“The influence behind the design build for minimalist running was a barefoot runner,” said Reebok Running Global Product Marketing Director Ted FitzPatrick. “We wanted to get a shoe design that felt like running barefoot — with a supportable and durable shoe.”
“I’ve really enjoyed running in mine,” said Bobby Curtis, an NCAA champion who has run the seventh-fastest 10K in U.S. history and whose personal bests include a 10K time of 27:33 and a 5K in 13:18, both set in 2010. “I’ve done a 90-minute run, 3x2 mile on the grass and a few short runs in them. Overall I think they’re great. The upper is amazing, and the shoe itself is lightweight and flexible, but cushioned enough to not beat up your legs too badly. [Recently] I ran about 50 miles during the week in them.”
The “33” is a lightweight, minimalist running shoe line by ASICS that encouraged natural foot movement. Inspired by the 33 joints in the foot that must work together to allow it to move more efficiently, the first two shoes of the ASICS 33 series were the GEL-Blur33 and the GEL-Rush33. They weighed 9.88 ounces (men’s size 9) and 9.63 ounces (men’s 9), respectively. The idea behind the ASICS 33 series was to provide shoes with comfort, cushioning and flexibility during everyday use while remaining lightweight.
New Balance Minimus
The New Balance Minimus Series is a departure from “traditional” athletic footwear. The Minimus series consists of three shoes: Minimus Trail (7.1 ounces), Minimus Road (8.2 ounces), and the Minimus Life (5.6 ounces). These shoes were created to offer the ultimate minimalist experience by focusing on four areas of the shoe that can make it lighter in weight while remaining comfortable.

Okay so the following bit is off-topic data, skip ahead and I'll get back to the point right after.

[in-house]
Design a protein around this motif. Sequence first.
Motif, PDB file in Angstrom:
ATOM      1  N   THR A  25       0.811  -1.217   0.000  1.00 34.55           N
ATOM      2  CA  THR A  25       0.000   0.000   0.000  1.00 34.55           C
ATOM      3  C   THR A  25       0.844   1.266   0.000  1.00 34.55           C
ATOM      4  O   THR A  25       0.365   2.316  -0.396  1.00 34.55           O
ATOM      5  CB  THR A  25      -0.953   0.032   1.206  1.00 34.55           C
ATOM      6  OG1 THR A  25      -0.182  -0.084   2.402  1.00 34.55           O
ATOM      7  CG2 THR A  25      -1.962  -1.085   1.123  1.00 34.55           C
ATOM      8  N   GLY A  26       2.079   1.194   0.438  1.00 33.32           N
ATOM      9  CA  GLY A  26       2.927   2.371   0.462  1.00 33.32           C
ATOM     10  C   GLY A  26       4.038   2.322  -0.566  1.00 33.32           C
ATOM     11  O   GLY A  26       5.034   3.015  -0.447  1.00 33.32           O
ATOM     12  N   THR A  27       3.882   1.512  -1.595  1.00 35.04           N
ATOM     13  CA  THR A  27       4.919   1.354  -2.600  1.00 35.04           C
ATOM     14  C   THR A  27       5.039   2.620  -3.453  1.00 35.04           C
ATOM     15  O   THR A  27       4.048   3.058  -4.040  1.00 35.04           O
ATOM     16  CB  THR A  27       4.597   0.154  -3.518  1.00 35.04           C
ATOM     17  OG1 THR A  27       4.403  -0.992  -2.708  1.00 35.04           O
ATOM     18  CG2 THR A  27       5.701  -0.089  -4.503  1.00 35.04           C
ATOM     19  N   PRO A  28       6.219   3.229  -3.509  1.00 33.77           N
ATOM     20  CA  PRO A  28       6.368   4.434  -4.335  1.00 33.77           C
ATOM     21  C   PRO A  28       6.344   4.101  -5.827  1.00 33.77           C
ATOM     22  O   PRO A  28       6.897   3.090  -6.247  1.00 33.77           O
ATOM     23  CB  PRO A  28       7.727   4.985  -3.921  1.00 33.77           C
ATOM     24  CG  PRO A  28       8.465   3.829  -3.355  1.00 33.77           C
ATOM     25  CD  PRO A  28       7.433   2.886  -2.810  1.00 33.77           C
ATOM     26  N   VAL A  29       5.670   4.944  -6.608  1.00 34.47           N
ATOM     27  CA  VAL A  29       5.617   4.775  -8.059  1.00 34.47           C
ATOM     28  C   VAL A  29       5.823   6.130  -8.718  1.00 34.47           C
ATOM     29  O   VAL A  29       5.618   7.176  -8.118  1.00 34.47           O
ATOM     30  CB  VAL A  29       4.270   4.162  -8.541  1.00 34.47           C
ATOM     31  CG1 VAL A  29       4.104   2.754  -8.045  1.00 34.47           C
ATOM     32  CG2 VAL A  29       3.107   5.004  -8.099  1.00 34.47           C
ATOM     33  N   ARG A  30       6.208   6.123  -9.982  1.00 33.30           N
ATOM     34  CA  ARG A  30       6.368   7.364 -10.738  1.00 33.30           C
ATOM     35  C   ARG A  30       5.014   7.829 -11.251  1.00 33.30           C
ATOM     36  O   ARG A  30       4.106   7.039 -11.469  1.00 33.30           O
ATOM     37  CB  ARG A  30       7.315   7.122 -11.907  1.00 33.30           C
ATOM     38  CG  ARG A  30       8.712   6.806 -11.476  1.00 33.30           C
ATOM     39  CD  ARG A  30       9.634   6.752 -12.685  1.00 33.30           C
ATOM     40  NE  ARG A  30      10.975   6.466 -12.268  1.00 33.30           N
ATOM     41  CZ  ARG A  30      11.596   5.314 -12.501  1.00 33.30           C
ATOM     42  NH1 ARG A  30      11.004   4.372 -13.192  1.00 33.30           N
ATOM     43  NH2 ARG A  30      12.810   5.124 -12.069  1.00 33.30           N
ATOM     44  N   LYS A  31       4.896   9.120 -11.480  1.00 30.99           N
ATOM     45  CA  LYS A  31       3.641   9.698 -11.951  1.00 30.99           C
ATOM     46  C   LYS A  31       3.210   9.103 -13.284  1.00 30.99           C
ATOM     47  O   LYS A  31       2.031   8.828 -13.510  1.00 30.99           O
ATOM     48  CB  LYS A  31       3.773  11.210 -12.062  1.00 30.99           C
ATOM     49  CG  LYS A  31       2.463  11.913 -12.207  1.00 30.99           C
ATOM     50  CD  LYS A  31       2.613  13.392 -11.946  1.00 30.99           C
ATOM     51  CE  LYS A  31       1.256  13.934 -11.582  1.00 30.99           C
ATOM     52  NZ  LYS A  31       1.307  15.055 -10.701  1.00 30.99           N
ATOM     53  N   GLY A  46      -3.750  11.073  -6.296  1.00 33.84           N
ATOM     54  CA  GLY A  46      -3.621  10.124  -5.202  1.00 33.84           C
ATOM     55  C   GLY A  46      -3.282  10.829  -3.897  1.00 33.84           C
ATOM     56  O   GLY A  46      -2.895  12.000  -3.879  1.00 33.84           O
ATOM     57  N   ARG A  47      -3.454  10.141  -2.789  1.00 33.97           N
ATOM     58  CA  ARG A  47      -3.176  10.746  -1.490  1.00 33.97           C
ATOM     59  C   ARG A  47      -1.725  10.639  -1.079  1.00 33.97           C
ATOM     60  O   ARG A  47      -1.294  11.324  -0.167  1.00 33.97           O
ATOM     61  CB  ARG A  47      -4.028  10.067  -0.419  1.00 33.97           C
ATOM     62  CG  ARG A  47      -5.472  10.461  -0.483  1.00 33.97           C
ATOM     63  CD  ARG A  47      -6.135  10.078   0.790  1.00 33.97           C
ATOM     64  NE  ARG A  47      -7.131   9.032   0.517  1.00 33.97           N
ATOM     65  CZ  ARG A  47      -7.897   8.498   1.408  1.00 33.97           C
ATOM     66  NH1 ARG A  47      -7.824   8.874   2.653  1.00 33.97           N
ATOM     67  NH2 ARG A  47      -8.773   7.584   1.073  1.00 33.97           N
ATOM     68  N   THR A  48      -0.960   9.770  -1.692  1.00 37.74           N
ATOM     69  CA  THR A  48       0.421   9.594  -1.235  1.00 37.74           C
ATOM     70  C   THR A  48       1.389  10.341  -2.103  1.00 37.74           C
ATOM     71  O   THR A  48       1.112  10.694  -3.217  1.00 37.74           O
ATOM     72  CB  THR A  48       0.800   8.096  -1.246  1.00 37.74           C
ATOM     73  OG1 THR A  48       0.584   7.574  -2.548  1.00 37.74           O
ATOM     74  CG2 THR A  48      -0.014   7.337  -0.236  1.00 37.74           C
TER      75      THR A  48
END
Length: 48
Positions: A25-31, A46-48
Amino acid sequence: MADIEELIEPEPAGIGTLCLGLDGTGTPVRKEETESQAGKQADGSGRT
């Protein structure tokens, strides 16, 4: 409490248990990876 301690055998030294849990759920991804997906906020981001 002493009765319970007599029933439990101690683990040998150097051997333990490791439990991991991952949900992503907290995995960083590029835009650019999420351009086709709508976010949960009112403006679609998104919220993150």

The drop in heigh from heel to toe of these shoes was just 4mm, which provided a natural foot position. The forefoot was a bit wider so the foot could expand naturally on impact. The lower heel height encouraged a midfoot strike.
At 4.4 ounces, the Hattori was the most noticeable of the three, as it became Saucony’s most minimal and lightest shoe ever. The Hattori had zero drop from heel to forefoot and fit the foot like a slipper. The Mirage and Kinvara both were minimal shoes but with slightly more cushioning than the Hattori.
PUMA developed its Faas series by studying the training habits of Jamaican athletes, in some of the fastest runners in the world. PUMA found that rather than running on treadmills and with speed parachutes, they train in their natural surroundings. This was the inspiration of the Faas series, and PUMA used the minimalist theory of “less is more.”
To create this minimalist shoe, PUMA developed a lightweight system called BioRide, an integrated system that lent a more natural and responsive ride. It came together from three integrated parts; Rocker, Flex and Groove. The rocker shape allowed for a biomechanically efficient stride with an effortless toe-off. The flex grooves built across the tooling increased responsiveness. The groove in the heel reinforced stability on impact.
Before you kick off your shoes
Even barefoot runners have been quick to point out that barefoot or minimalist running is not for everyone. Without care, this style of running can lead to injury. As with any new routine, or change to a routine, runners were recommended to start slowly and prepare a training schedule. Minimalist running shoes were designed to be a transitional step toward barefoot running.
This way, runners could condition their feet and develop the experience necessary to make a concrete decision on whether to go barefoot or stay with minimalist shoes.